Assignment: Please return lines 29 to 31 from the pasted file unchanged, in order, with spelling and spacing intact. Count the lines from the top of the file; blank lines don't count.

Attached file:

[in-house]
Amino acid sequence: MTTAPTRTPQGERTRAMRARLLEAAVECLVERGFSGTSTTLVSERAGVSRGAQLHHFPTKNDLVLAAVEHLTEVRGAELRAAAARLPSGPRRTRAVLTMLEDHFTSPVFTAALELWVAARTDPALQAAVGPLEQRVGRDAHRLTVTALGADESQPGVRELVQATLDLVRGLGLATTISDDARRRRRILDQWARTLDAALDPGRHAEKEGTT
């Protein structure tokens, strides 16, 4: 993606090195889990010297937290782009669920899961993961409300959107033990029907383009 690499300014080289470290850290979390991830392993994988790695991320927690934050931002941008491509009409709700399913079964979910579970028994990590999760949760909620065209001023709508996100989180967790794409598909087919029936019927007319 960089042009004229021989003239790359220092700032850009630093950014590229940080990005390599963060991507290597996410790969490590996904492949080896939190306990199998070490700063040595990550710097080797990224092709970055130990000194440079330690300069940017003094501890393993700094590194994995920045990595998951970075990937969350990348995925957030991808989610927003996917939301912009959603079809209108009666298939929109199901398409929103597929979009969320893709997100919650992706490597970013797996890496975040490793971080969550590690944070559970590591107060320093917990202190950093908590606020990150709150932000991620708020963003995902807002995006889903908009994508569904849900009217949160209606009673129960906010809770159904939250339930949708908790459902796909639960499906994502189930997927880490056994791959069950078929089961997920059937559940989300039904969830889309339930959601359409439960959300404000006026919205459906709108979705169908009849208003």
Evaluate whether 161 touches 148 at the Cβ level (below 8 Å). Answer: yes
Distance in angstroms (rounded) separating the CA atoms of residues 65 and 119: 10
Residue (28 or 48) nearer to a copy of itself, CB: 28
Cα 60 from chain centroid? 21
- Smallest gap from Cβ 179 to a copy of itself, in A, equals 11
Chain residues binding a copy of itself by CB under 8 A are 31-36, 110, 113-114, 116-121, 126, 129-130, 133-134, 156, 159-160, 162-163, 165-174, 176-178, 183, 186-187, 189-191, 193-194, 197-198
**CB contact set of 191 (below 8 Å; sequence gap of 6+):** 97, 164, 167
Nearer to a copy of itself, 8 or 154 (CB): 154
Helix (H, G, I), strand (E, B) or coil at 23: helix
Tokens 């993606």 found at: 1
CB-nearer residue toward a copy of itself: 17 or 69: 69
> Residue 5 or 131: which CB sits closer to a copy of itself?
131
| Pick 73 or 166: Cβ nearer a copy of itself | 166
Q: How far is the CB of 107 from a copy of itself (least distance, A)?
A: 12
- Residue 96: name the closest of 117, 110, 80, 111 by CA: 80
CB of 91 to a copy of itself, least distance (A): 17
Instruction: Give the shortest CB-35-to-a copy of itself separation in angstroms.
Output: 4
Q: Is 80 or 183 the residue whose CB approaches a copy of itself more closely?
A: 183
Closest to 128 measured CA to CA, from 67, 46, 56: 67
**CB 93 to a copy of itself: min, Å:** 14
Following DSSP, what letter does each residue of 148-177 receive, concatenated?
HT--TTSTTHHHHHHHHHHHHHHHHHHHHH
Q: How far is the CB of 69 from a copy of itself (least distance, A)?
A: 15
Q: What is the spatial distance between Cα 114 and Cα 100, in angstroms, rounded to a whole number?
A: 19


HT--TTSTTHHHHHHHHHHHHHHHHHHHHH
Q: How far is the CB of 69 from a copy of itself (least distance, A)?
A: 15